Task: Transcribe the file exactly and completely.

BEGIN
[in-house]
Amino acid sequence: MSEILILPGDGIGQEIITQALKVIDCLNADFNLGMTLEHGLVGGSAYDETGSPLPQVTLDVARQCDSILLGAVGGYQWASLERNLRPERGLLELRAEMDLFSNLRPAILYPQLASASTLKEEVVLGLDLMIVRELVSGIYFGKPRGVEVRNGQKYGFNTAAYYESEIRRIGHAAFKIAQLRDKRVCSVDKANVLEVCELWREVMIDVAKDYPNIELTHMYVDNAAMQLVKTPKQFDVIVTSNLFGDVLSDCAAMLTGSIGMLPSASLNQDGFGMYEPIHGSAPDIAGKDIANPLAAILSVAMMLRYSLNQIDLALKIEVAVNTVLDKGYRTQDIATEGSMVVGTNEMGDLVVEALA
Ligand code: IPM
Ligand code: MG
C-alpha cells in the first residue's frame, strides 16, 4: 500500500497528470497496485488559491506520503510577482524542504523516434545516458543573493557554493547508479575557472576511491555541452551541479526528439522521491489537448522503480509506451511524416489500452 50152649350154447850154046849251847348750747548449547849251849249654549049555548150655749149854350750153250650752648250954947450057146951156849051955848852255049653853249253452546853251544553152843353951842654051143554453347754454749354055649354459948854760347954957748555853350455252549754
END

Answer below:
[in-house]
Amino acid sequence: MSEILILPGDGIGQEIITQALKVIDCLNADFNLGMTLEHGLVGGSAYDETGSPLPQVTLDVARQCDSILLGAVGGYQWASLERNLRPERGLLELRAEMDLFSNLRPAILYPQLASASTLKEEVVLGLDLMIVRELVSGIYFGKPRGVEVRNGQKYGFNTAAYYESEIRRIGHAAFKIAQLRDKRVCSVDKANVLEVCELWREVMIDVAKDYPNIELTHMYVDNAAMQLVKTPKQFDVIVTSNLFGDVLSDCAAMLTGSIGMLPSASLNQDGFGMYEPIHGSAPDIAGKDIANPLAAILSVAMMLRYSLNQIDLALKIEVAVNTVLDKGYRTQDIATEGSMVVGTNEMGDLVVEALA
Ligand code: IPM
Ligand code: MG
C-alpha cells in the first residue's frame, strides 16, 4: 500500500497528470497496485488559491506520503510577482524542504523516434545516458543573493557554493547508479575557472576511491555541452551541479526528439522521491489537448522503480509506451511524416489500452 50152649350154447850154046849251847348750747548449547849251849249654549049555548150655749149854350750153250650752648250954947450057146951156849051955848852255049653853249253452546853251544553152843353951842654051143554453347754454749354055649354459948854760347954957748555853350455252549754